Violin History & Timeline
The Roots of Famous Violinists
Bohemian roots fostered his love For music. Born on September 8, 1841.
Dvorak was continually encouraged to appreciate and participate
in musical activities. His father, an
innkeeper, played the violin and zither, and emphasized the
importance of music. At a young age, Dvorak began entertaining his
father’s clients with violin performances. He was continually
preoccupied with music, and would spend hours listening to town members
singing Bohemian melodies.
Father Dvorak decided that his son should be an
innkeeper, and sent the boy to a nearby town in order to learn German.
Living with his uncle in the small
town of Zlonice, Dvorak found a devoted music teacher, Antonin Liehmanm.
Under Liehmanm’s direction, he studied the viola, piano, and organ.
Liehmanm was determined that Dvorak should enter the Organ School in
Prague; however, his father was opposed. After much convincing, Dvorak’s
uncle agreed to fund the boy’s musical education. in his later years,
Dvorak fondly remembered Liehinanm, the inspiring teacher who promoted
his education, and wrote an opera, The Jacobin,
in his memory.
Dvorak studied at the Organ School for almost ten
years. He worked hard, and composed occasionally. Once the funds for his
education ran out, Dvorak found a position in the orchestra of
the National Opera. He barely earned enough money to purchase food, and
often found himself cold and hungry. A decade latex, Dvorak 1cR his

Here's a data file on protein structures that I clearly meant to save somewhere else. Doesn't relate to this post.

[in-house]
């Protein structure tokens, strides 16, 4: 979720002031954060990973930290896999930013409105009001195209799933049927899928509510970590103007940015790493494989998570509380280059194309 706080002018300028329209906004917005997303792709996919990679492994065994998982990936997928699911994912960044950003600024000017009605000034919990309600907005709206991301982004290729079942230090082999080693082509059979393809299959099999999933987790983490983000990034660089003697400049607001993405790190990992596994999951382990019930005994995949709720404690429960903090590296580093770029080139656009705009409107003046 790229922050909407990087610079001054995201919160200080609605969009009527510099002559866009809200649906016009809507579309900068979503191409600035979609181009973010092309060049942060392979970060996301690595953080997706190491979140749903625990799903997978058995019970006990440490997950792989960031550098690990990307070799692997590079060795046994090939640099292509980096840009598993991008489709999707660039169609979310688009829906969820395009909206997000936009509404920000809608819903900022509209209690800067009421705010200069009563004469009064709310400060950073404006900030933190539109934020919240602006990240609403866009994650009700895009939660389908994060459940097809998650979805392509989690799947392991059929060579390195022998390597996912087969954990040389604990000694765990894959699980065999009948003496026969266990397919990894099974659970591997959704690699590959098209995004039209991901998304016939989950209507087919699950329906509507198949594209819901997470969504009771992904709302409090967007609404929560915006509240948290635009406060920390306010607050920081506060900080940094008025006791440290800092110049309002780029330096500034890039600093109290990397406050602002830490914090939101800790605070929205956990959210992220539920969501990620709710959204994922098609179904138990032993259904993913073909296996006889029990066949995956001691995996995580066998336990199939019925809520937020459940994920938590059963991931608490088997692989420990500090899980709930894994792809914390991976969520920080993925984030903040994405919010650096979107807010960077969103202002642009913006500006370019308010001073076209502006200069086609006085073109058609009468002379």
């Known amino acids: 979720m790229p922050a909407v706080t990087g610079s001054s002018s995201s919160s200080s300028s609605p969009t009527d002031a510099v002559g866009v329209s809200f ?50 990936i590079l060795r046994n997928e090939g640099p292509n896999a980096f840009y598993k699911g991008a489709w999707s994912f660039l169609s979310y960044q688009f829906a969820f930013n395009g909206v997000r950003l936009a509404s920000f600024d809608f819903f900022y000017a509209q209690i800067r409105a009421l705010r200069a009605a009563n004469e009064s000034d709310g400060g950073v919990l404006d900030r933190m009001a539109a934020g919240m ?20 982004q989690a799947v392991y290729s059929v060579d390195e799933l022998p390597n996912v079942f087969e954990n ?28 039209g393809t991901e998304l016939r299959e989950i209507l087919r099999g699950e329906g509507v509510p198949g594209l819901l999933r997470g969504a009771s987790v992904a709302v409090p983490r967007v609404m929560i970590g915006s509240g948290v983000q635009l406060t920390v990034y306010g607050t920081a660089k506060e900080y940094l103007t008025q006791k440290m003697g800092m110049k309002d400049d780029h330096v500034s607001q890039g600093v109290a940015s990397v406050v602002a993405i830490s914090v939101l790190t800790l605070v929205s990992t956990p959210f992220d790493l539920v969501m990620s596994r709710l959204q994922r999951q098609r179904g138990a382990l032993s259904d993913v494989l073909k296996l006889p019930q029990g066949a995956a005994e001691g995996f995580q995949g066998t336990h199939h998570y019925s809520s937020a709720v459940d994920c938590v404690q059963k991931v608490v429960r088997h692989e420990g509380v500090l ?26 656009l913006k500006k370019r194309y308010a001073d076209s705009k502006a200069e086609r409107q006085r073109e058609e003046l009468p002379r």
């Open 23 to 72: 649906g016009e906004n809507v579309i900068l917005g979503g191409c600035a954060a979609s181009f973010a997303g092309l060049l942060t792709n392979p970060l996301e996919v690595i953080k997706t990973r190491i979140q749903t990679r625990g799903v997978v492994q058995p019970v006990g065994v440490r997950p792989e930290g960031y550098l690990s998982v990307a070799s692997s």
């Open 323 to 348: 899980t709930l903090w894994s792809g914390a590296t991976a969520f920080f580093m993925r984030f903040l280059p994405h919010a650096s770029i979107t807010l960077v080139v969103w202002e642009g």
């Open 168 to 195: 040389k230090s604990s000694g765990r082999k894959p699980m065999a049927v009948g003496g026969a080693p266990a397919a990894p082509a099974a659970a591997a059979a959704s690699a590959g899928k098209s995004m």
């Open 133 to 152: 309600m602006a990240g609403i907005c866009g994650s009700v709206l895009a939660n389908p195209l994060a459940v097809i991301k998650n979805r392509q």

From then on, his primary focus became
In his initial compositions, Dvorak overemphasized
and imitated the styles of his idols, Wagner, Beethoven, Mozart, and
Liszt However, once he abandoned the German models of music, and infused
Bohemian melodies into his pieces, Dvorak’s works won tremendous
acclaim. Dvorak was awarded the Austrian State Stipendium on three was a
member on the committee that awarded the Austrian State Stipendium.
Greatly impressed with Dvorak’s compositions. Brahms became Dvorak’s
devoted friend, and went to great lengths to further his career. Brahms
encouraged the famous publisher, Simrock, to promote Dvorak’s works.
Simrock commissioned the writing of Slavonic Dances, compositions that brought
Dvorak acclaim throughout Europe Dvorak produced many operas and
symphonies, and soon was internationally known. He was granted an
honorary doctorate degree from Cambridge,
and in 1891 he began teaching at the Prague Conservatory.
In 1892 Dvorak assumed a post as the director of the
National Conservatory in New York. He thoroughly enjoyed living in the
United States, and was greatly influenced melodies into his
classical works, creating an unprecedented effect. The famous Ninth
Symphony, also known as the New World Symphony, sprang from his love for
American folk music. Dvorak returned to his homeland for the last ten
years of his life, and became the director of the Prague Conservatory.
He suffered from Bright’s disease, and died shortly after the failure
of his last opera. This noteworthy individual daringly blended the
sounds of American, Bohemian, and German music, an produce pieces that
have continued to unify people throughout
Notes by Shanaira Udwadia (May-2001)